By Eric Martin
A new 27-bell carillon for St Francis Xavier Cathedral Geraldton were blessed on Easter Sunday 21 April by Bishop Michael Morrissey.
The carillion, called The Geraldton Bells, weigh a total of 10 tonnes and are the finishing touches to the restoration of the Geraldton Cathedral.
The four-year restoration has involved major repairs, dramatic lighting, the entombment of a former bishop in a glass vault in the Cathedral’s floor, and now the casting of the largest set of church bells installed in Australia.
The largest bell of the carillon, weighing in at 1059kg, and donated by Mr Laith Reynolds, was named “Big” Peter, in remembrance of the original “Big” Peter bell that was obtained by Monsignor Hawes and installed in the Cathedral on 23 August 1923.
As part of the major conservation and refurbishment of the Cathedral, which begun in 2015, it was proposed to install a full carillon of 27 bells in the Cathedral’s western towers, which would be suspended from two frames constructed within both of the Western towers.
“It will take another month to get them installed and operational, at which time we will have an official dedication, blessing and first ringing,” said Father Robert Cross, Director of Heritage for the Diocese of Geraldton.
“We’re just waiting now on a review of the architectural steel components that are being added to the towers,” he explained.
“The steel components were designed in England and there have been many emails going back and forwards as we make sure that everything is just right – I don’t want the towers coming down!”
The foundation of the carillon is a set of eight bells that have been obtained from the parish church of Saints Peter and Paul in Godalming, England.
The 19 new bells were manufactured by John Taylor Bells, Loughborough, England, to make the full carillon.
Sts Peter & Paul Church in England is an ancient building dating back to the ninth-century during the Anglo-Saxon and early Norman periods.
The church is a major tourist attraction and the location of numerous events and weddings as it is one of the most picturesque parishes in the South East of England.
A complete set of new bells were cast for St Peter and St Paul’s in 2017 (also by John Taylor Bells, England), freeing the original eight bells for relocation to their new home in one of the remotest regions of the colony – Geraldton, WA.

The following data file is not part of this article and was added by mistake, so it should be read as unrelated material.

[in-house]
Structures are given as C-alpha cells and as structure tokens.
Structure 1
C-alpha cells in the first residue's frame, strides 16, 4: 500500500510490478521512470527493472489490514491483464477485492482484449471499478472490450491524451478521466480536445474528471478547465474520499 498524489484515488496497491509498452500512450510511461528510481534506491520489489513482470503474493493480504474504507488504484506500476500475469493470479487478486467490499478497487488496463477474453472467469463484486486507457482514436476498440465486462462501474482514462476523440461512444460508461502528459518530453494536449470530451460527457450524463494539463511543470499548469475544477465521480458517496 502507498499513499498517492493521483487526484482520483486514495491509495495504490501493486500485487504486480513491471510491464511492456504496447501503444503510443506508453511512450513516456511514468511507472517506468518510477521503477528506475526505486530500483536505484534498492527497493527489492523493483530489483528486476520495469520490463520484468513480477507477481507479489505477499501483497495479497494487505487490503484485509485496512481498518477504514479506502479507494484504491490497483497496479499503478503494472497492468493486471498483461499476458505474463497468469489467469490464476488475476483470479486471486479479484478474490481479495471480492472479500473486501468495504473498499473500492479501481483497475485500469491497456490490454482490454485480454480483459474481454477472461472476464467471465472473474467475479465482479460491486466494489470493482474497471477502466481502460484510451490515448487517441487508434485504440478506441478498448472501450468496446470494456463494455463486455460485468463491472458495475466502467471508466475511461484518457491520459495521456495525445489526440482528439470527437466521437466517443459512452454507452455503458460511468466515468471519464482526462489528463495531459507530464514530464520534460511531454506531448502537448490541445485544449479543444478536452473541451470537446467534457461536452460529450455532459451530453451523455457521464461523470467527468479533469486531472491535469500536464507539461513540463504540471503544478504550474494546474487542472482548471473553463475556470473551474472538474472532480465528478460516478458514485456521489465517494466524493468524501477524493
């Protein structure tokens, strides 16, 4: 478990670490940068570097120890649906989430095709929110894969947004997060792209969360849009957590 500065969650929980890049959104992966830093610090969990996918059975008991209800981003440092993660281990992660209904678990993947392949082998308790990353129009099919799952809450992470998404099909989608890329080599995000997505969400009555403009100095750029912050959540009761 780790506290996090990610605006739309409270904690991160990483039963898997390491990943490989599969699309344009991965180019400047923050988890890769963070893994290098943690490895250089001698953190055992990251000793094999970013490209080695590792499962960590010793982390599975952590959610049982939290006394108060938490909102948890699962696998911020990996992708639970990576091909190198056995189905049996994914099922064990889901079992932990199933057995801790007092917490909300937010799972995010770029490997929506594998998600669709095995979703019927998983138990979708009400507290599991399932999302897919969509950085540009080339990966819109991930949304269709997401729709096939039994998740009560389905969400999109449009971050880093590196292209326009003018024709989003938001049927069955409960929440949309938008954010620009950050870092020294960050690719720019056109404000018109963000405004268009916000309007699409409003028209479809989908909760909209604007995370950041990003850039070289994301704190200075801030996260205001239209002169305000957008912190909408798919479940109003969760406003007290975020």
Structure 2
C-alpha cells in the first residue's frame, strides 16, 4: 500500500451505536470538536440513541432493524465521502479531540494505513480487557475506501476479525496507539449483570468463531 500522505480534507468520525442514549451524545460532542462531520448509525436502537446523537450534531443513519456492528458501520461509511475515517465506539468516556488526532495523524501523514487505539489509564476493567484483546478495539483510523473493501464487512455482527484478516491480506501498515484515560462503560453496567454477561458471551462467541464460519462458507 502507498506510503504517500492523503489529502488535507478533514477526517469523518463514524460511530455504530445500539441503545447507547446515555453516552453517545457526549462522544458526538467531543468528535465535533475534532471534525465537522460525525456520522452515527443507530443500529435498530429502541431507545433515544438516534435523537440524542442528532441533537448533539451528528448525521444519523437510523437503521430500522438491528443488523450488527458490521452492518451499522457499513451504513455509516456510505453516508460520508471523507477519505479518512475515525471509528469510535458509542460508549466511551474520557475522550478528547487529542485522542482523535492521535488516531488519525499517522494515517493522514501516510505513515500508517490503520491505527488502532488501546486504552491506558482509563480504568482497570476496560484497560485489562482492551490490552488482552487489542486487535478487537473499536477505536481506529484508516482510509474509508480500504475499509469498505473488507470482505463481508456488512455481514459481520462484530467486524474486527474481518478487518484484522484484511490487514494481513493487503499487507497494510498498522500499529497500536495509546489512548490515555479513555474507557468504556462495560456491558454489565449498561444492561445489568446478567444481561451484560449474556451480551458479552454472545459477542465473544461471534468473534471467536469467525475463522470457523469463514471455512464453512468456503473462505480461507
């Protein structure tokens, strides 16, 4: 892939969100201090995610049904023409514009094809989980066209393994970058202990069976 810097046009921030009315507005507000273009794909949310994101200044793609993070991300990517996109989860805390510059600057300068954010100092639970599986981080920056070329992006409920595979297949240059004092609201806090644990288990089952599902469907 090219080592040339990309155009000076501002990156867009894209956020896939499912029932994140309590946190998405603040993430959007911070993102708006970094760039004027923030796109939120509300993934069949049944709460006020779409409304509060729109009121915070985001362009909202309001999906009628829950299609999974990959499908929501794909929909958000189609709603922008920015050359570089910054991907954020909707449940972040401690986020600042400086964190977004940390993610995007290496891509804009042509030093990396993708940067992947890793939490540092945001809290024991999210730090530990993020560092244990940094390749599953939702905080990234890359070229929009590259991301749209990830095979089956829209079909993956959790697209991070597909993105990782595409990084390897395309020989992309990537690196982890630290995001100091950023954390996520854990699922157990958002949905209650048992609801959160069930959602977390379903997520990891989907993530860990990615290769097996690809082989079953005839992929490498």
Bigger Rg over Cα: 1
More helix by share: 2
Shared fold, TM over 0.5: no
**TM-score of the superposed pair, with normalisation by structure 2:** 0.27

Combining the 12th century bells of St Peter and St Paul’s with the bells of the modern casting has resulted in a unique carillon, a one of its kind for WA.
All of the bells have been tuned to modern concert pitch, including the Godalming Bells, to ensure the purity of the carillon’s chime.
“You can still see the notches on the base of some of the older bells, which was the way that they used to tune them,” Fr Cross explained.
“One of the Godalming bells still has the inscription from the 1700s from when it was last tuned.”
The 24 cwt eight bells from Godalming were tuned down to form the lower tones and semi-tones.
Work casting, fettling and tuning the 19 new bells has been completed, as has the casting of the arched headstocks for the swinging bells, and these were fitted with gudgeons and bearings before being dispatched for Australia.
The carillon made the 47-day journey by sea aboard the container ship OOCL Scandinavia and was caught in a cyclone before making landfall in Australia.
Though the bells represent a time in church history many centuries before electricity and the advent of automation, the Geraldton carillon will be joining the 21st-century with the fitting of ‘full IT control’ and can be played from anywhere in the world by logging in to the new system.
Electro-Magnetic Chiming Hammers can be fitted to bells hung for chiming or change ringing, and are designed not interfere with the normal manual chiming or ringing of the bells by hand.
Once a system is fitted, it can be pre-programmed for up to a whole year if required. Tunes, both secular and sacred can be programmed, together with single bells to mark the hours or the Angelus, or English change ringing if the tower has sufficient bells.
Not surprisingly, the carillon and operating system will be the only one of its kind in the Southern Hemisphere and it is the first two Octave carillon with three slow swinging bells in the world.
The new carillon are not the first bells to grace the Geraldton Cathedral but they will be the first ringing to be heard in the diocese since the end of World War II.
In August 1923 a large 1.75-ton steel, tin and copper bell called “Great Peter” was installed in SFX Cathedral, Geraldton, but in 1931 this bell sustained an 18-inch crack on one side requiring repairs.
A second crack appeared just after the close of World War II and this damage was never to be repaired – the great bell was removed from the bell tower and remained for many years behind the Fatima Grotto adjacent to the Presentation Sisters Convent.
The new carillon will ring daily at midday and 6pm, as well as striking the hour between 8am and 6pm for the Diocese of Geraldton.
According to Fr Cross, the bells are going to add a new and wonderful dimension to the soundscape of Geraldton.